If Money Is Your Main Motive, You Probably Won’t Get Promoted
Find Your Promotion “Sweet Spot” In Three Steps
FindYour Promotion “Sweet Spot” In Three Steps
When I ask new executive coaching clients what they want to get from our work together, the most common response is, “I want to get promoted.”
Getting promoted is a very popular aspiration, but I cringe nearly every time I hear it.
That’s because throughout my twenty-five-year career in senior roles at global powerhouses like Microsoft and Novartis, I’ve seen it backfire countless times.
My next question is always, “Why do you want to get promoted?” My clients usually go silent for a moment — as if the answer is so obvious that the question itself doesn’t compute. After all, doesn’t everyone want to get promoted? Promotions are normally the ticket to making more money. And who doesn’t want more money?
In my experience though, more money is the worst reason to want a promotion. Why? Because that motivation gets things backward.
Your Core Motivation Directly Affects Your Value
Generally speaking, we get paid for the value webring to the marketplace. In light of this, our first focus should be on how we can generate value for the market. That “how” is a blend of our talents, skills, and experience – what we’re good at plus what we love doing.
That second part, what we love doing, is crucial. People who love their work tend to excel at it because they willingly give it the time and effort needed for excellence.
In short, your excellence stems not only from your skills, but also from how much you enjoy using those skills.
Think of a Venn diagram with three overlapping circles. One circle contains everything you’re good at. The second circle contains all the work you love doing. The third circle encompasses work that creates value —in other words, work for which the market is willing to pay.
Where all three circles overlap represents what you’re good at, what you love doing, and what the market will pay you to do. That’s your sweet spot.
Focusing Outside Your Sweet Spot Can Backfire
Rather than simply saying they want a promotion, executives would be wiser to say, “I want to do work that I’m good at, that I love, and for which the market will pay me more than I currently earn.”
Barring a solid intersection of those three elements, a promotion isn’t likely to happen. If it does happen, it often leads to misery and suffering. More on that in a minute.
I frequently see rising executives bump into promotion roadblocks because they ignore the first two circles – what they’re good at and what they love. These promotion-seekers simply don’t consider whether they’ve developed the skills to do that next-level job, much less whether they’ll love doing the work it requires.
A classic example of this is the person who has developed mad technical skills, excelled as an individual contributor, and then assumes they now have what it takes to lead a team of their peers. This person doesn’t recognize that technical skills are only table stakes.
What actually qualifies you to lead others is a foundation of technical skills plus finely tuned soft skills. These soft skills include creating an inspiring vision, cultivating talent, cross-functional collaboration, strategic thinking, effective delegation, and so on.
But it’s not just about layering soft skills on top of technical skills. To truly excel at anything, you have to be good at it and you have to love doing it. So if you want the big promotion to lead the team, take a hard look in the mirror and ask yourself how much you really love cultivating your soft skills.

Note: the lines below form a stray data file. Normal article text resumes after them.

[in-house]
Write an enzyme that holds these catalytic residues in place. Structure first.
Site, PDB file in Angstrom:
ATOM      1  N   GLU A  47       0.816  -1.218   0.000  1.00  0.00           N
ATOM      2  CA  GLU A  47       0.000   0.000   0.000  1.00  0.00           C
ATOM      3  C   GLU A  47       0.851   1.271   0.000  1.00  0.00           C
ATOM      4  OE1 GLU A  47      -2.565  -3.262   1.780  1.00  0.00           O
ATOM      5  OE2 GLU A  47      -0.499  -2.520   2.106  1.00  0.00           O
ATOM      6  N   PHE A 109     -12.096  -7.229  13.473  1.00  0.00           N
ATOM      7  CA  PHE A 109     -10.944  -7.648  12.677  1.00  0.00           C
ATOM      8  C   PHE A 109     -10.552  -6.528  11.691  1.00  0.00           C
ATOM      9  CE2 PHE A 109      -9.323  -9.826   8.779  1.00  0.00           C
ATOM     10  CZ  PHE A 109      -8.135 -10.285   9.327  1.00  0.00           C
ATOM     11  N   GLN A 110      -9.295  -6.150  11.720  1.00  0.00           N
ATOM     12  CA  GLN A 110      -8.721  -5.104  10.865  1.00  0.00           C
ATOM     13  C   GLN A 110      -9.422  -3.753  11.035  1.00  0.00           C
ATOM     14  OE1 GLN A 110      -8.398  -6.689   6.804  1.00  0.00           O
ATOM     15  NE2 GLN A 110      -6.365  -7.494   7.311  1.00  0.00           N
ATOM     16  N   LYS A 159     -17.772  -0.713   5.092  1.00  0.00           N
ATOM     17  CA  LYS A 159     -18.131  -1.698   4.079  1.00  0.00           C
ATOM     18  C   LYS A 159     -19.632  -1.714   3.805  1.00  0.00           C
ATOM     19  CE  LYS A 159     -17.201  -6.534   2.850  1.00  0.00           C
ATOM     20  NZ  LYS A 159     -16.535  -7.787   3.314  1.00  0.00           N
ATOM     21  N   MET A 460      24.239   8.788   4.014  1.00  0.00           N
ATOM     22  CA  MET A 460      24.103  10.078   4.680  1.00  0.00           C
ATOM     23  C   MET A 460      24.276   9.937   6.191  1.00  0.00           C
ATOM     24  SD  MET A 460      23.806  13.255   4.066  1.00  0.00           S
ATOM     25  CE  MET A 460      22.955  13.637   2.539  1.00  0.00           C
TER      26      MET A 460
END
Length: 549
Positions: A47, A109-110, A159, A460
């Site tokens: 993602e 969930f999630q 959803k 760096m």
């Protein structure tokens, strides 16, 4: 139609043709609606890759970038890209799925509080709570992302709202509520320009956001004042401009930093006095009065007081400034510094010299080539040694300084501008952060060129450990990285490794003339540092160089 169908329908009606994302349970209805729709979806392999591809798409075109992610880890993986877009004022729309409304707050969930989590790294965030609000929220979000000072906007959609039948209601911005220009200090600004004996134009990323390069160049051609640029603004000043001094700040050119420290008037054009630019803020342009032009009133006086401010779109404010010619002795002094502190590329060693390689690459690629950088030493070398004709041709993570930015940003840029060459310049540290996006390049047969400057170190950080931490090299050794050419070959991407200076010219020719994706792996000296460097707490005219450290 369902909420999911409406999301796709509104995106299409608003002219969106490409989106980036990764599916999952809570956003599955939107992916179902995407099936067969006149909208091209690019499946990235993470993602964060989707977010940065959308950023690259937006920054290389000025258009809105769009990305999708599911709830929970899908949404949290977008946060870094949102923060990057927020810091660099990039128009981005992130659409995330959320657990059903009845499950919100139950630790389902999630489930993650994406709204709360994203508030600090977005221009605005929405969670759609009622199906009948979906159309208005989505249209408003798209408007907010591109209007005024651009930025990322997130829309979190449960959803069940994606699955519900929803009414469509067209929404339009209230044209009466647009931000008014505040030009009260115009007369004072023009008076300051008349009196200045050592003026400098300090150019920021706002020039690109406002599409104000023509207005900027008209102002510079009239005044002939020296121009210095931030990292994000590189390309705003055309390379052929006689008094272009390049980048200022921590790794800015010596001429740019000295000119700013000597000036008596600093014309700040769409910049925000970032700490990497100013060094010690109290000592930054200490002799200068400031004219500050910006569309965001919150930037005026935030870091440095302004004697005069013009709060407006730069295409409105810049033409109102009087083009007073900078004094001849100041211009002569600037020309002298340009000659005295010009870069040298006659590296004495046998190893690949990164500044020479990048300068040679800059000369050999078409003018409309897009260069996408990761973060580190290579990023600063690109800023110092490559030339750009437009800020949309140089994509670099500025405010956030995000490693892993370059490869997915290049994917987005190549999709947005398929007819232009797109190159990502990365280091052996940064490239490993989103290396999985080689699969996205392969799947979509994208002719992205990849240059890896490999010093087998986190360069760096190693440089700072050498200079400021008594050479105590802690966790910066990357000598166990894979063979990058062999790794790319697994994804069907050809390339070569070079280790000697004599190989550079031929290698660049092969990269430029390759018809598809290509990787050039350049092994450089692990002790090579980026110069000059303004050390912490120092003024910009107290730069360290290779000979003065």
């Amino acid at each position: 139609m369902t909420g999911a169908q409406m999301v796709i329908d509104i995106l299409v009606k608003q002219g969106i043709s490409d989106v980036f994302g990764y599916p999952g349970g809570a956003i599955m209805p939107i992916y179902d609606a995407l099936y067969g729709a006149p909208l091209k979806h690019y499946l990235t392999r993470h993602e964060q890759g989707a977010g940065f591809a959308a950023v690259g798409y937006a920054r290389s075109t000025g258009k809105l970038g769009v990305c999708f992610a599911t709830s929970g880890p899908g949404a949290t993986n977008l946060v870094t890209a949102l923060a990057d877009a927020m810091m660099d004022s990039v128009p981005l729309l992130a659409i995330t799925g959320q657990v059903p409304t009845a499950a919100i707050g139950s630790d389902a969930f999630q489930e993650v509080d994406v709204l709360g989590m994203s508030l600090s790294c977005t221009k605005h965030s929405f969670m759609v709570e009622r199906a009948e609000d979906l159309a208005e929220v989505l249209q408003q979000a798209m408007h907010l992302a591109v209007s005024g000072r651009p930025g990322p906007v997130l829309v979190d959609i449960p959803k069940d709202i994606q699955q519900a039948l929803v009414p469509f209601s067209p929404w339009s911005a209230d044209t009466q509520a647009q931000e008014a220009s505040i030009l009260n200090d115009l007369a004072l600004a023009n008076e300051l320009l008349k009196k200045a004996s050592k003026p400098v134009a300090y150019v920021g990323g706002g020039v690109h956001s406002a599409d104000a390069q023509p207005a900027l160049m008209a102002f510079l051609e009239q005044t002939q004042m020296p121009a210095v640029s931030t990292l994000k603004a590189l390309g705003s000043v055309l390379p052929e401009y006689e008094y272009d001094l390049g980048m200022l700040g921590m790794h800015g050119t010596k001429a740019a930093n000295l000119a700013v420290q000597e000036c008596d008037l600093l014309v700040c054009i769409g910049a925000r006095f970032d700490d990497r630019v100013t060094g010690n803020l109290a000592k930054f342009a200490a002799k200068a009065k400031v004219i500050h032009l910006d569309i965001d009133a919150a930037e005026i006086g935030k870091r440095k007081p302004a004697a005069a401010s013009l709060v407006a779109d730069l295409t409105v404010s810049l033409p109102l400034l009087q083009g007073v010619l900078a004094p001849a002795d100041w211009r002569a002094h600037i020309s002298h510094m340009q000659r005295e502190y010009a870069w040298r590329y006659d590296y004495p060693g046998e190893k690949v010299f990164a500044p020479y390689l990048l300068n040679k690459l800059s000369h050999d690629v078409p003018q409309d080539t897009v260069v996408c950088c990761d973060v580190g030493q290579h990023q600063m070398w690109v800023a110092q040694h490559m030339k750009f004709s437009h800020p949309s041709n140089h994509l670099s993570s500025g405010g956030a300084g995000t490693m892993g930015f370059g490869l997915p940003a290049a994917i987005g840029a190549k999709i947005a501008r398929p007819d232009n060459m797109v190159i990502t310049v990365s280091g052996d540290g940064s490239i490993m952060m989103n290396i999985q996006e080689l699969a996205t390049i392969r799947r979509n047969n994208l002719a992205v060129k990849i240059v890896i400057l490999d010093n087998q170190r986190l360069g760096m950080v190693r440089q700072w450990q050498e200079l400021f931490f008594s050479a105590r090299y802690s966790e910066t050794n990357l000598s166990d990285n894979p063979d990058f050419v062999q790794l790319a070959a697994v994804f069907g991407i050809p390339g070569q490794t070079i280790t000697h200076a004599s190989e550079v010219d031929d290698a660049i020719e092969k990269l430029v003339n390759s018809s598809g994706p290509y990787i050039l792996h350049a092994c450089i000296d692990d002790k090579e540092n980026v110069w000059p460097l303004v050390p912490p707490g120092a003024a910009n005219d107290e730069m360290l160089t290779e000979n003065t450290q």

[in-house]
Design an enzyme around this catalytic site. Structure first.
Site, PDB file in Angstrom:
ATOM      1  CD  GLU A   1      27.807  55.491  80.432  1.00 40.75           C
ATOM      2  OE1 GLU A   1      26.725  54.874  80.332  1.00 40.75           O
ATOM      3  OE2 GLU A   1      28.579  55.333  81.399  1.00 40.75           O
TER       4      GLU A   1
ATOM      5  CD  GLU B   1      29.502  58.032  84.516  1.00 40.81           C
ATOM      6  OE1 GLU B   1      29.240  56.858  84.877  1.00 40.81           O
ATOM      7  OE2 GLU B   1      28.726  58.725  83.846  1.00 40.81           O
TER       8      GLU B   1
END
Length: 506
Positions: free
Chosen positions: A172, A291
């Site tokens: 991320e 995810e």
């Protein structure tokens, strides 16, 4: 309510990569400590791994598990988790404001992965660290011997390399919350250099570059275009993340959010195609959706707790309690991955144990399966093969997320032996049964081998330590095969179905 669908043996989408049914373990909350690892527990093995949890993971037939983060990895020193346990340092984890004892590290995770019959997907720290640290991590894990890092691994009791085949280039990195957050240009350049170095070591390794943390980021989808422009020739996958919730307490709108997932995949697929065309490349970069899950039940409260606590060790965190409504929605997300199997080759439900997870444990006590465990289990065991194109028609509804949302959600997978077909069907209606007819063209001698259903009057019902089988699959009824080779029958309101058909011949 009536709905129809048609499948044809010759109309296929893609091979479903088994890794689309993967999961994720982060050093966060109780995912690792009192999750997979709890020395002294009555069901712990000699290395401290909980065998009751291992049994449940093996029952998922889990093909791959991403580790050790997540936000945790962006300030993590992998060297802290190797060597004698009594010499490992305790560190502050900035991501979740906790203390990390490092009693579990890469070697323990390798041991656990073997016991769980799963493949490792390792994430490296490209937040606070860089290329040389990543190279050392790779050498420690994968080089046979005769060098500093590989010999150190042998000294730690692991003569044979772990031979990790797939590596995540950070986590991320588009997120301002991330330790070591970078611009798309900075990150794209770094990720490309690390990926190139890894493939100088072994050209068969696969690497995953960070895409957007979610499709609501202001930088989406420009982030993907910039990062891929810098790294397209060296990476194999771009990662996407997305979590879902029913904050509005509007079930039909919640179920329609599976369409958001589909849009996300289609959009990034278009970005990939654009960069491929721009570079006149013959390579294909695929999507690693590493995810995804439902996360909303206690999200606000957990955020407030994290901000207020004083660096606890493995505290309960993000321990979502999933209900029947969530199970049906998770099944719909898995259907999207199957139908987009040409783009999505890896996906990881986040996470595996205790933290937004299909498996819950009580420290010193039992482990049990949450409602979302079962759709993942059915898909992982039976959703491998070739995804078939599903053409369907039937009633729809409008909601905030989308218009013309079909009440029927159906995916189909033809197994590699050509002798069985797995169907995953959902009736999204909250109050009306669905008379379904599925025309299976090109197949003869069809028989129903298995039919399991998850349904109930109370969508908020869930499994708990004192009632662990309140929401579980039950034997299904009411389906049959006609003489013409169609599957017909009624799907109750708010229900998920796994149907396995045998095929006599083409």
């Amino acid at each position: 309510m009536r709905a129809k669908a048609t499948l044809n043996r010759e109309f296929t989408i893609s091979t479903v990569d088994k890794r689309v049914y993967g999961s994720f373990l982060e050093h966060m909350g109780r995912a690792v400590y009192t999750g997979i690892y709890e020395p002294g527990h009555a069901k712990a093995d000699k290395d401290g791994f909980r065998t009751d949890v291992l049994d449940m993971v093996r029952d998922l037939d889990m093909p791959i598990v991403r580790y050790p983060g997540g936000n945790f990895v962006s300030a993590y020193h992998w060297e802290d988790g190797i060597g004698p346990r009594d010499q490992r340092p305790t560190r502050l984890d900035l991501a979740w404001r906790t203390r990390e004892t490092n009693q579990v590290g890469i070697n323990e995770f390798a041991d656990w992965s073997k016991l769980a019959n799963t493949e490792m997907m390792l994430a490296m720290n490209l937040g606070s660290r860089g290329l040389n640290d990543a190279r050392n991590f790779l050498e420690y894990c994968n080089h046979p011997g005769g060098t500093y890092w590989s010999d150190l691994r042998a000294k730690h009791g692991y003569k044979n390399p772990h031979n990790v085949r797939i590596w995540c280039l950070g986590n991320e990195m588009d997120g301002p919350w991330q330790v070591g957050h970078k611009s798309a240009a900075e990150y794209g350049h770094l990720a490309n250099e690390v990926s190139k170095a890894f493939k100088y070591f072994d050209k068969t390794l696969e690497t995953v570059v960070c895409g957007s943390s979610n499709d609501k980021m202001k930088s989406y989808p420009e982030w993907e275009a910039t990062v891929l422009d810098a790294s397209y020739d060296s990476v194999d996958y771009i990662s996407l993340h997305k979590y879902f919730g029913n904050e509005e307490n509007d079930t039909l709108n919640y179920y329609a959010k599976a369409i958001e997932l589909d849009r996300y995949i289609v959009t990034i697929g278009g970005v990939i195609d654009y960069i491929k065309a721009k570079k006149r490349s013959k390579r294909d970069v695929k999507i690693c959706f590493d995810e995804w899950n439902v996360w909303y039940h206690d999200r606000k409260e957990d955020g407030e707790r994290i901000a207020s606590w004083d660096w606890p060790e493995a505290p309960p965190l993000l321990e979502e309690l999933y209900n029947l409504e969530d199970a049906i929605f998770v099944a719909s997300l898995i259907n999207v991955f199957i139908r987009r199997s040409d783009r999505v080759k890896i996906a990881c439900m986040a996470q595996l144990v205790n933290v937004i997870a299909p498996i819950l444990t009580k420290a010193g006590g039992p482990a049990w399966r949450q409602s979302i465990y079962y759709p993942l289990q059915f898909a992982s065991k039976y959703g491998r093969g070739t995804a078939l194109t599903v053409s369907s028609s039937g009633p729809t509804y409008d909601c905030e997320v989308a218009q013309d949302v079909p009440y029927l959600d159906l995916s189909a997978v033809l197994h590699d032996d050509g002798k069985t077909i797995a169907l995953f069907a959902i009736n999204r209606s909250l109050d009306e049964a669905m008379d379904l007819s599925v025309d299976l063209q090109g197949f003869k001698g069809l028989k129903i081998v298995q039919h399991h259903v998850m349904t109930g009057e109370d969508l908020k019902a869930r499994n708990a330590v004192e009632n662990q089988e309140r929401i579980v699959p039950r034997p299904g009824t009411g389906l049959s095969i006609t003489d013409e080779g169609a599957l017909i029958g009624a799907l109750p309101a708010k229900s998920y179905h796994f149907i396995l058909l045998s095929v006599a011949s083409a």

What’s The Right Promotion For You?
Warren Buffet reputedly declared, "In the world of business, the people who are most successful are those who are doing what they love."
The truth is, sometimes the big promotion is not actually in your self-interest because it’s about money and not about doing what you love. You might think you could do anything for enough money, but I can promise you this: If you hate your job, the money won’t be worth it. I know plenty of people whose million-dollar-a-year jobs make them miserable. I was once one of those people myself.
Once again: Why do you want to get promoted? If you’re convinced you have the skills and passion to excel in that next layer up in the organization, I’m rooting for you. Chances are, if you get that job, you’ll succeed at it.
But if your only reason is money, stop now and check yourself.
The following three steps should help you find and aim for the right promotions for you.
1. Make a list of your unique strengths, talents, and skills. Include what comes easy for you and what you seem to be innately good at. If you have a hard time generating this list, try an online strengths assessment like CliftonStrengths.
2. List what you love to do. Ask yourself what you would do if money was no longer a factor in your life. What work gives you the greatest sense of happiness and fulfillment? What ideals are you convicted about?
3. List the jobs which overlap your two lists above. If you can’t come up with very many, don’t fret. Enlist some trusted friends in the process for their suggestions. You could be pleasantly surprised by their ideas.
Examine the intersection of your three lists and you’ll get a solid idea of the kind of work you’ll excel at – and where you’ll be well rewarded. On the other hand, if the big promotion you’re eyeing doesn’t appear in that intersection, it probably isn’t for you.
Don’t waste your time chasing an empty brass ring. Life is too short to squander. Instead, pursue opportunities where your happiness and fulfillment ROI is high. That’s what truly successful people do.